as I do, dazed by the pure concussion
of the blast, among sirens, voices
of the injured, the boots of running soldiers,
not knowing whom to touch first,
for the dead policemen cannot be found,
here a moment before, then vanished.

Ferris Wheel
    Al Sadeer Tourist Complex, Mosul, Iraq

A helicopter went down in the river
last night, hitting a power line slung
a few feet off the water. They were searching
for survivors and bodies from a boat
capsized earlier, Americans and Iraqis both.

It's dawn now, and the sky
drifts low and flat and cold
the way search-boats on the Tigris
drift further and further downriver.
When Navy divers bring up the body
of an Iraqi policeman, it will be a man
we weren't searching for, and still another
later in the day -- a college student from Kirkuk.

It will be a long week of searching
like this, every morning near the shoreline
restaurant, where open fires are fed
kindling and tinder, a cook's hands
lifting the silver bodies of fish,
weighing them on scales.

The history books will get it wrong.
There will be nothing written
about the island ferris wheel
frozen by rust like a broken clock, or
about the pilot floating unconscious downriver, sparks
fading above as his friend swam toward him
instead of the shore, how both would drown
in this cold unstoppable river.

Night in Blue

At seven thousand feet and looking back, running lights
blacked out under the wings and America waiting,
a year of my life disappears at midnight,
the sky a deep viridian, the houselights below
small as match heads burned down to embers.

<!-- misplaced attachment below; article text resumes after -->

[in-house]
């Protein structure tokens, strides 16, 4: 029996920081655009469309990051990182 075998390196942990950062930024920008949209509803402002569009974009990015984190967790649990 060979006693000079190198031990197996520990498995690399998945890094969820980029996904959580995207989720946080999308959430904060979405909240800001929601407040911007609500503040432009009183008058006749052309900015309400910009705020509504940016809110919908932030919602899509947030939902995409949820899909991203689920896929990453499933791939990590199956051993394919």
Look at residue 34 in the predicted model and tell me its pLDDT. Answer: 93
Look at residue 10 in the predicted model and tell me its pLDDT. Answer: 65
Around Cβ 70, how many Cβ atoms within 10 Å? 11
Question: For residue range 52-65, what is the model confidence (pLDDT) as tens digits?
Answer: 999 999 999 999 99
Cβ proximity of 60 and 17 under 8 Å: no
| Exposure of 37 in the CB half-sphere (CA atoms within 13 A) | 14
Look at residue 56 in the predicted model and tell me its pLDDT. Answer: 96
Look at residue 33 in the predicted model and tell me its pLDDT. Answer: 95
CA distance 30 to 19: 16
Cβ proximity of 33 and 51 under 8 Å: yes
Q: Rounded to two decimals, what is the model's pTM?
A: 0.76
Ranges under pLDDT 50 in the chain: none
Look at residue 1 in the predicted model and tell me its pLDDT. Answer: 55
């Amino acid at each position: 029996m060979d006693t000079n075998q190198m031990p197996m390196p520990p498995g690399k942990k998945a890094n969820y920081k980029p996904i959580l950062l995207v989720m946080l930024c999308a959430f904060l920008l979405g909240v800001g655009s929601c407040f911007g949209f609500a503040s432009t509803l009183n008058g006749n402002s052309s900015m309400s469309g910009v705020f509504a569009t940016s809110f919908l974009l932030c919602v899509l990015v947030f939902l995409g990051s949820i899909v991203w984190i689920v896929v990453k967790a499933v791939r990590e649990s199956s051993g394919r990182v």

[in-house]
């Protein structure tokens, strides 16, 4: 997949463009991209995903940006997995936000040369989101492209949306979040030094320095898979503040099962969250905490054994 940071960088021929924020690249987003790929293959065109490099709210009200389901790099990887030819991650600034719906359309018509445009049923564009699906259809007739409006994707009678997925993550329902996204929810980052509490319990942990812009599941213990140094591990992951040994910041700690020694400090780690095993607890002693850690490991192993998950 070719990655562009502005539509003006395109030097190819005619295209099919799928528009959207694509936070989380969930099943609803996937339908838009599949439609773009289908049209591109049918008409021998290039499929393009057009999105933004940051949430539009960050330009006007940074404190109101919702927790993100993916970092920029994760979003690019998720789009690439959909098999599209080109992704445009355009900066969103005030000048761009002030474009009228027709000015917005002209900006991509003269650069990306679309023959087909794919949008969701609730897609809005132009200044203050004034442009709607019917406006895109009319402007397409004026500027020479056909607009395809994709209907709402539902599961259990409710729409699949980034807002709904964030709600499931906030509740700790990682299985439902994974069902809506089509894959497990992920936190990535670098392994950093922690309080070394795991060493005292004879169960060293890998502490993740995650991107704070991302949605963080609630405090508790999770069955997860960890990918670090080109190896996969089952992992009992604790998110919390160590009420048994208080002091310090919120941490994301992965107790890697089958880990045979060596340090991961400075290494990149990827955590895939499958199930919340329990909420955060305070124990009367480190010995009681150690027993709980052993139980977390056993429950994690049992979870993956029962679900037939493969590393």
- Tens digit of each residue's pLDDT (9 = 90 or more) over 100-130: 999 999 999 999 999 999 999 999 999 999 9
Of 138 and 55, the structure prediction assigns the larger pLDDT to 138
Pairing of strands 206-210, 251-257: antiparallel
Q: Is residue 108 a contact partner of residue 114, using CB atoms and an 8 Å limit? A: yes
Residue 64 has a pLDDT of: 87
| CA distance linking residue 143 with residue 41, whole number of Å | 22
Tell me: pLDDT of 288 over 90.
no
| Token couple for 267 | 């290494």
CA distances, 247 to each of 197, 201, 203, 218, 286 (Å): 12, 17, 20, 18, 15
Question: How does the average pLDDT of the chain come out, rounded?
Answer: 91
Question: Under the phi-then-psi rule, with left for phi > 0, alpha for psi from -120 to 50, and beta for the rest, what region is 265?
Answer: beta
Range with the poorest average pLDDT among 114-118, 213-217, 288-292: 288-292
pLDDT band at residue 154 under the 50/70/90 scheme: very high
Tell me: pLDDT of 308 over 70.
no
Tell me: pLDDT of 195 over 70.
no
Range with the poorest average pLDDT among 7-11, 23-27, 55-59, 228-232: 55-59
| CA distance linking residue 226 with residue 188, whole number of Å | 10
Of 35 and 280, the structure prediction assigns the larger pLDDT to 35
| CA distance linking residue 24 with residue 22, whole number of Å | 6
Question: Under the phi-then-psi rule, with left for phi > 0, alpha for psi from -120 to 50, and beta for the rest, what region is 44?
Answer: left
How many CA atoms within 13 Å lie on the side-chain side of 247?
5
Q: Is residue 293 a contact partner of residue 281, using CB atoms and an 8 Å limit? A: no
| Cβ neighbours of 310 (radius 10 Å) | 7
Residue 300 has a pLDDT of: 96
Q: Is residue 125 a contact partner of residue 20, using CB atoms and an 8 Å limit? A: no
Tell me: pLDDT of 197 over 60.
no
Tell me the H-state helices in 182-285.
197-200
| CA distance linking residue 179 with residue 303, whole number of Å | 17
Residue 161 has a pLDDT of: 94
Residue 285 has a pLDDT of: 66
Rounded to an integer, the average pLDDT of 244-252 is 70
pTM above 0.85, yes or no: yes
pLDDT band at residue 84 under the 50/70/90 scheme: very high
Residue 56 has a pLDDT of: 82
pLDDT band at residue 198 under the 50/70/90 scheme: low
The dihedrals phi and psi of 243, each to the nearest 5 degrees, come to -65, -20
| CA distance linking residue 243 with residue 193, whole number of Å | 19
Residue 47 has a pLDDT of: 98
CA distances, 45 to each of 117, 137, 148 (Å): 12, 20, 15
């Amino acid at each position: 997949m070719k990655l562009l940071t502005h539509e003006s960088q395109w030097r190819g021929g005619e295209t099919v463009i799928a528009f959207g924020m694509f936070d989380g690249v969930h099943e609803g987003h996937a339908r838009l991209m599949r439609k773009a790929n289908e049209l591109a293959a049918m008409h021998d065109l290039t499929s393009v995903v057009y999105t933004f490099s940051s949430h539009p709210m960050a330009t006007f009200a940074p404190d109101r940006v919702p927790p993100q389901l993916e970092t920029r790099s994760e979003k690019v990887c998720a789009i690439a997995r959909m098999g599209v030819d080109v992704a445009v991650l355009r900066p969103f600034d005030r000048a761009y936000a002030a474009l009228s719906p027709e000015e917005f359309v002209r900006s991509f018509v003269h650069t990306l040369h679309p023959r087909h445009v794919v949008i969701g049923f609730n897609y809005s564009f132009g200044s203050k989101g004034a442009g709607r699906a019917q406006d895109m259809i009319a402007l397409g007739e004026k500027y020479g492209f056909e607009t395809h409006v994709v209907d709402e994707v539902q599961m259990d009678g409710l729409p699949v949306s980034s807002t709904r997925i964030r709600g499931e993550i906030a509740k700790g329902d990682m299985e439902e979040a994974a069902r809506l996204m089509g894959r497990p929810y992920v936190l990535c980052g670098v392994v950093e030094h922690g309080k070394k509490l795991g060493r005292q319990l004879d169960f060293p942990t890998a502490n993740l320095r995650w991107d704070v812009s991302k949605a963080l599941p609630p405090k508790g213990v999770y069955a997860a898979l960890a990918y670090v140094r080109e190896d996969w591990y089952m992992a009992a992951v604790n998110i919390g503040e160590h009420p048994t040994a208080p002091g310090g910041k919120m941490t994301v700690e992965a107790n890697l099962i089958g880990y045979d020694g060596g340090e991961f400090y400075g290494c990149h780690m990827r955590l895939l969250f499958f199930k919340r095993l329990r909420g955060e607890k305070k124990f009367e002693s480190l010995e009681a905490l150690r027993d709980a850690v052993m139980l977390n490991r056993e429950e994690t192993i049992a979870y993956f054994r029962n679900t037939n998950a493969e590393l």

Has this year made me a better lover?
Will I understand something of hardship,
of loss, will a lover sense this
in my kiss or touch? What do I know
of redemption or sacrifice, what will I have
to say of the dead -- that it was worth it,
that any of it made sense?
I have no words to speak of war.
I never dug the graves in Talafar.
I never held the mother crying in Ramadi.
I never lifted my friend's body
when they carried him home.

I have only the shadows under the leaves
to take with me, the quiet of the desert,
the low fog of Balad, orange groves
with ice forming on the rinds of fruit.
I have a woman crying in my ear
late at night when the stars go dim,
moonlight and sand as a resonance
of the dust of bones, and nothing more.

Poems copyright c2005 by Brian Turner. Reprinted by permission. All rights reserved.

Here, Bullet published by Alice James Books.


A stunning collection of poems, full of power and raw images. Think I'll buy the book.

Thank you for posting these. I am deeply moved, and grateful to feel the touch of truth through these poems, truth that gets obscured in newspaper accounts and thousands of miles of distance. I, too, will look for the book.


I'm writing a book on duty induced PTSD and I'm hoping to get permission to quote the last stanza of the "16 Iraqi Policemen" at the start of my 4th chapter on trauma based memories. I'm leaving you my website (my "Ready First" page since I've worked with them over in Germany in the past...great guys & gals).

Any help you can afford would be so appreciated...I'm going to be popping into this site a lot. It's exceptional...

Stay safe, stay strong, stay the course,

I write a book on the customs-induced PTSD and I hope to get permission to quote the last stanza of "Iraqi policemen" at the beginning of my fourth chapter on traumatic memories base. I'll leave my site. Any help you can provide would be much appreciated ... I'll be popping into this site a lot. It is rare ... Stay safe, stay strong, stay focused,

My husband was in Iraq last year. Reading these poems chilled me to the bone. He made it back in one piece, but I know it changed him in ways I will never understand. Thank you for allowing me to read this; I will definitely be buying the book.